Whether it’s social or business circumstances, addressing people correctly can be the difference between respecting people’s position and ignoring or disregarding their qualifications.
A title is usually used with the sir name and is common while in a formal setting. However, whenever you are in doubt of whether or not to use a title, it is safe and respectful to maintain formality until the person you are addressing tells you otherwise.
Good mannerism demands that you not only recognize a person’s qualifications but also their position in society. For example; apart from addressing people with their professional qualifications like Doctor, engineer, legal counsel, or professor, it is also important to recognize people with their honor whenever you are not able to use their titles. Honorable societal acceptable titles include; Sir, Madam, Mister, Missis, and Miss.
The art of addressing people formally has been adopted all over the world and is usually associated with an individual’s sir name.
In America and other countries like Brazil, Canada, and Iceland, people address each other formally unless they are advised otherwise. For example; if someone introduced themselves as Carl Peters, then they will be addressed as Mr. Peters unless he invites people to call him Carl. Usually, a person will be direct and say “Please call me Carl” In which case people will go ahead and call him Carl even in future addresses.
This case is different in Germany where titles are always used with sir names in the present and future interactions.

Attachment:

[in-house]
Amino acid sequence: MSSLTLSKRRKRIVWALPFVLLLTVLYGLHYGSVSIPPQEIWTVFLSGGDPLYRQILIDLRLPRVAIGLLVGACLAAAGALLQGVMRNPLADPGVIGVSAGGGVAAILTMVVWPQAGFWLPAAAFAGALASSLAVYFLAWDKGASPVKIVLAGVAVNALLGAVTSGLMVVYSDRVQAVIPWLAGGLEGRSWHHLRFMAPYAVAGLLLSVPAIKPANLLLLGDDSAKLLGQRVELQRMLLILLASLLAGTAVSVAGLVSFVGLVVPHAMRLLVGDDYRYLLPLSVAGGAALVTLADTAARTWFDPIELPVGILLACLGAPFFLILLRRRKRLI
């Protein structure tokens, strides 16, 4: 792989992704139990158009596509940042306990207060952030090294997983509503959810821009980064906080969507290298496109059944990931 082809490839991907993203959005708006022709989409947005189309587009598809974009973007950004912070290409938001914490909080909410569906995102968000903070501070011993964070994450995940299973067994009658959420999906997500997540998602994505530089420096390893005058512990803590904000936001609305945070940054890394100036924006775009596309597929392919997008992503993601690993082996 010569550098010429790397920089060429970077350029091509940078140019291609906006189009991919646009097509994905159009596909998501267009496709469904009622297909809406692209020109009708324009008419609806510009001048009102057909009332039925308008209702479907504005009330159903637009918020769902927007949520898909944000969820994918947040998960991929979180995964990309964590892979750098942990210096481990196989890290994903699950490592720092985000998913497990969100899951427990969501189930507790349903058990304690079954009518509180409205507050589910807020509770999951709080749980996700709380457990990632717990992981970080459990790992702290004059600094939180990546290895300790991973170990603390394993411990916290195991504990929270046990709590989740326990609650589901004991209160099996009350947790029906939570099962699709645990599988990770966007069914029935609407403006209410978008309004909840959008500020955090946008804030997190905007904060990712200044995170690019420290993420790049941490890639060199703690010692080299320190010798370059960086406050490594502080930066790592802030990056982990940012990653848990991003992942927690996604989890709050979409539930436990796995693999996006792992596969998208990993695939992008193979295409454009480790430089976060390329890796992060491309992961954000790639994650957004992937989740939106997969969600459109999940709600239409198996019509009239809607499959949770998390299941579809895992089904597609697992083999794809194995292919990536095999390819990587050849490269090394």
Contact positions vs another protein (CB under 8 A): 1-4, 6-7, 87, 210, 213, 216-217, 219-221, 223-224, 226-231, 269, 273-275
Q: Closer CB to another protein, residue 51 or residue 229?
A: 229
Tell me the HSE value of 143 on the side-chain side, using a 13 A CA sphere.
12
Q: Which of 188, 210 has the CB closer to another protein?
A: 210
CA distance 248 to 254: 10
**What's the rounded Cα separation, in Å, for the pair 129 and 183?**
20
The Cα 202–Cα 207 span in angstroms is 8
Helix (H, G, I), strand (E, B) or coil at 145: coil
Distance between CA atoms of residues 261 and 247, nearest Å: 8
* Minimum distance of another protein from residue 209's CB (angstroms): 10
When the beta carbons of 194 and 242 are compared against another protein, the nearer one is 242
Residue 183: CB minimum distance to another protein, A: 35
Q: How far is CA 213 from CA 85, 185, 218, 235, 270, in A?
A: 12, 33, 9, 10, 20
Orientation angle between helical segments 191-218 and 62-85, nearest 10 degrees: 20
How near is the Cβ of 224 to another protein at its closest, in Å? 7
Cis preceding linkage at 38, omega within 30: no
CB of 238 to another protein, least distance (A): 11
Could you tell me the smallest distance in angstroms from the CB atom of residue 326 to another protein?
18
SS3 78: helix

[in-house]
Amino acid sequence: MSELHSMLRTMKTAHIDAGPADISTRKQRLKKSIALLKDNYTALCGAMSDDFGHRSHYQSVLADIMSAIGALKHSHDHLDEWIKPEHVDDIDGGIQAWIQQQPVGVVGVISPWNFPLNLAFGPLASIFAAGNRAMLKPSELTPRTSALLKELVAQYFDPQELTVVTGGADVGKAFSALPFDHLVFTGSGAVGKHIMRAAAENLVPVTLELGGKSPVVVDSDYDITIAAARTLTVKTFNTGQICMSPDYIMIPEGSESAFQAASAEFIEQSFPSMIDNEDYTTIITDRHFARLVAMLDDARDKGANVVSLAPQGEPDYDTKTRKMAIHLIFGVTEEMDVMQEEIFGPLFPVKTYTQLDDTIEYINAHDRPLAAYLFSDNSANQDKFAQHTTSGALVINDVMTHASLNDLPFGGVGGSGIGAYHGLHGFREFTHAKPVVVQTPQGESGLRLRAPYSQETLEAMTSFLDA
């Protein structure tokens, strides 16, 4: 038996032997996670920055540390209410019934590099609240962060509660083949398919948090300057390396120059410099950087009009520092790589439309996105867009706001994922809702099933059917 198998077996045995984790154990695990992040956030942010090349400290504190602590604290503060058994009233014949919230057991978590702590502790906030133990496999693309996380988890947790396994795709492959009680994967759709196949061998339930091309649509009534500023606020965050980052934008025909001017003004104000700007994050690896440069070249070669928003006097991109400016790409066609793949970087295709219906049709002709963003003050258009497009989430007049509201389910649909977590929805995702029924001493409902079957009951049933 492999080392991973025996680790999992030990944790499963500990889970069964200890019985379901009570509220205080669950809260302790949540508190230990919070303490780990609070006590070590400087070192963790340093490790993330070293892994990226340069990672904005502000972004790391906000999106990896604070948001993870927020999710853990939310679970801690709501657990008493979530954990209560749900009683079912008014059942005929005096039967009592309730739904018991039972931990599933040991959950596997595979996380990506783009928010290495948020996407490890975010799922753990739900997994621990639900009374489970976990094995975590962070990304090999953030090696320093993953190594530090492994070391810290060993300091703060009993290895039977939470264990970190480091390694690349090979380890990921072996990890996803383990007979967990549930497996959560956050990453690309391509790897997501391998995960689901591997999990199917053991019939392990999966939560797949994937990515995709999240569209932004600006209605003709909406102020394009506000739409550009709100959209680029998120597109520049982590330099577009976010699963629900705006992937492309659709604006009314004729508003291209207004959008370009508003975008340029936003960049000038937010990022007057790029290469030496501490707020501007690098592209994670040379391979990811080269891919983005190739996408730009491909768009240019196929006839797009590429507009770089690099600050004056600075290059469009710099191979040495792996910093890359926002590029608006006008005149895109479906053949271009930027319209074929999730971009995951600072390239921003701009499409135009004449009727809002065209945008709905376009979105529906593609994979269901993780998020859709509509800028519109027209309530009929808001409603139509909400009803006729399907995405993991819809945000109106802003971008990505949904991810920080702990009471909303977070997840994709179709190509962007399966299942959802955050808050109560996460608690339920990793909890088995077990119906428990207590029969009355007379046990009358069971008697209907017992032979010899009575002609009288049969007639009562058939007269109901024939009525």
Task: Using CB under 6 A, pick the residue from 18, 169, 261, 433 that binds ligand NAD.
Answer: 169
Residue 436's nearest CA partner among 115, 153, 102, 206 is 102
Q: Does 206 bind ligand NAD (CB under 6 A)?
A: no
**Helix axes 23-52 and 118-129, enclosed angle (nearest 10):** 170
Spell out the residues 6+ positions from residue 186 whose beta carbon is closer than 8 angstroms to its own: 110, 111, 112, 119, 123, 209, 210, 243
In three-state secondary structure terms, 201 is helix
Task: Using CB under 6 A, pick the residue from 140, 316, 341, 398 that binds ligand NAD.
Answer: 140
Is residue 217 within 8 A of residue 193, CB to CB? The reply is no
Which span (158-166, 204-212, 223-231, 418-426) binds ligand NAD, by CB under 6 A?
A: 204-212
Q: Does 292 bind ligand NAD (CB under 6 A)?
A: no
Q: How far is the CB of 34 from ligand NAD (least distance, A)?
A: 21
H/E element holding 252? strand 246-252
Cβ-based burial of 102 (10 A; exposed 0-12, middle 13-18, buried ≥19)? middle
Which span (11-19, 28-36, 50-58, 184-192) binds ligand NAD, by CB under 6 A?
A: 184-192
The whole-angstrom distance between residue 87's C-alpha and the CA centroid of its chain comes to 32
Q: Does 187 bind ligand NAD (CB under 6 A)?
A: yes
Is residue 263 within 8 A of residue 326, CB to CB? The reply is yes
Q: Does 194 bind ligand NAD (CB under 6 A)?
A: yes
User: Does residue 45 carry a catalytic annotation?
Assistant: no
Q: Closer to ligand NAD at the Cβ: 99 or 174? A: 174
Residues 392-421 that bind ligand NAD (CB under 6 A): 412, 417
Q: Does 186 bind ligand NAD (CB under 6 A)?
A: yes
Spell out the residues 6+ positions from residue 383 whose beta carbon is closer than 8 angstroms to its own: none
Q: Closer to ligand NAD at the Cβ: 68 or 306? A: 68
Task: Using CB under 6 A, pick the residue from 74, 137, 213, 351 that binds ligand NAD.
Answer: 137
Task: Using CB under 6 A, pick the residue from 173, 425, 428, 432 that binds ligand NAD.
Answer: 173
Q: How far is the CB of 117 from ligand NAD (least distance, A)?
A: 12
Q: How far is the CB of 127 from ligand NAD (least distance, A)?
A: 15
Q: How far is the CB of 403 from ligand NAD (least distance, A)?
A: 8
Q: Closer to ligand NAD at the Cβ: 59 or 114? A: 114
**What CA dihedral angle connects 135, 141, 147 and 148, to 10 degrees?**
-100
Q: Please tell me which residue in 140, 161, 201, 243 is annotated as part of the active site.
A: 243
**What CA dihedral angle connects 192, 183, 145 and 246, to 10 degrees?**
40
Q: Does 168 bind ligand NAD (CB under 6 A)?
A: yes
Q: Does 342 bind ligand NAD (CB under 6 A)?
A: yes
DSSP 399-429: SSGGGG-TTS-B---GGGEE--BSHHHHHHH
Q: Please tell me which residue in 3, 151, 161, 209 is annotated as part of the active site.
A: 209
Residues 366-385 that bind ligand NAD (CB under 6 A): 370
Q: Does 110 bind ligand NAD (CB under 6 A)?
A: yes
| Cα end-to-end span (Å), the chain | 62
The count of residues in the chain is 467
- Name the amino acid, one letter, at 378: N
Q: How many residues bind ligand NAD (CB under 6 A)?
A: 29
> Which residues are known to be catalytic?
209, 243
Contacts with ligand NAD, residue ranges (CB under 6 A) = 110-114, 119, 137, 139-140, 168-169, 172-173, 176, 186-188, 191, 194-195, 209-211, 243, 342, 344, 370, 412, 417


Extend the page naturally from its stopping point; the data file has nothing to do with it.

In Latin America, India, the Middle East, and Africa, titles indicate that you value a person’s qualifications and expertise in different fields. For example; engineers, doctors, lawyers, nurses, and other people of noble professions are addressed by their titles as a sign of respect for their work and what is considered their significant contribution to their societies.
People in Africa are very particular about the way they are addressed. They expect to be addressed formally unless you are invited to go the informal way.
Research has proven that due to the effects of colonialism, Africans choose to be addressed formally to maintain respect and unfamiliarity.
The same case applies to Australian and China regions.
In Australia, people rarely address others with their first names. Whether a person is present or absent in a discussion, everyone is addressed formally unless informed otherwise.
For the official purpose, the Chinese also use official titles with their sir names. It is also common to omit the sir name and use the functional title instead when addressing someone. For example; you can address someone as Engineer Xiao or just by the title Engineer.
Some nicknames such as old – Lao, and young – Xiai are also acceptable along with a sir name. For example; elderly Mr. Wang can be addressed as Lao Wang in a formal setting.
Although there seem to be many similarities in formal addresses across the globe, a person must understand the culture of using titles in different places before visiting.
This will ensure that you address new people respectfully and appropriately whenever you meet with them.